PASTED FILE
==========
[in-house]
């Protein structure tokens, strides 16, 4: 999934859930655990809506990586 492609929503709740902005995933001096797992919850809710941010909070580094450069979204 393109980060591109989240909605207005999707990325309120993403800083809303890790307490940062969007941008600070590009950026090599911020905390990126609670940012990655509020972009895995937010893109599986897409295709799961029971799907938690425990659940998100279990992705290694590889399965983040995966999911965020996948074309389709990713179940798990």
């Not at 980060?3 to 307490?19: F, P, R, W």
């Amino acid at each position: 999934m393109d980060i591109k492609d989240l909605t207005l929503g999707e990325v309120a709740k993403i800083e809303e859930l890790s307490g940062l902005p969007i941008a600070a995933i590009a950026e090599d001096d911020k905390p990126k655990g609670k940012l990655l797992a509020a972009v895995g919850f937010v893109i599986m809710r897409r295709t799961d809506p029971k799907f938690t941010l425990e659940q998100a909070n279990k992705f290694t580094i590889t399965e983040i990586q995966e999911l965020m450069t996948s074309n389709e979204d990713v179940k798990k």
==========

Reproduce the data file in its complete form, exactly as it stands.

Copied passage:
[in-house]
């Protein structure tokens, strides 16, 4: 999934859930655990809506990586 492609929503709740902005995933001096797992919850809710941010909070580094450069979204 393109980060591109989240909605207005999707990325309120993403800083809303890790307490940062969007941008600070590009950026090599911020905390990126609670940012990655509020972009895995937010893109599986897409295709799961029971799907938690425990659940998100279990992705290694590889399965983040995966999911965020996948074309389709990713179940798990």
């Not at 980060?3 to 307490?19: F, P, R, W």
């Amino acid at each position: 999934m393109d980060i591109k492609d989240l909605t207005l929503g999707e990325v309120a709740k993403i800083e809303e859930l890790s307490g940062l902005p969007i941008a600070a995933i590009a950026e090599d001096d911020k905390p990126k655990g609670k940012l990655l797992a509020a972009v895995g919850f937010v893109i599986m809710r897409r295709t799961d809506p029971k799907f938690t941010l425990e659940q998100a909070n279990k992705f290694t580094i590889t399965e983040i990586q995966e999911l965020m450069t996948s074309n389709e979204d990713v179940k798990k």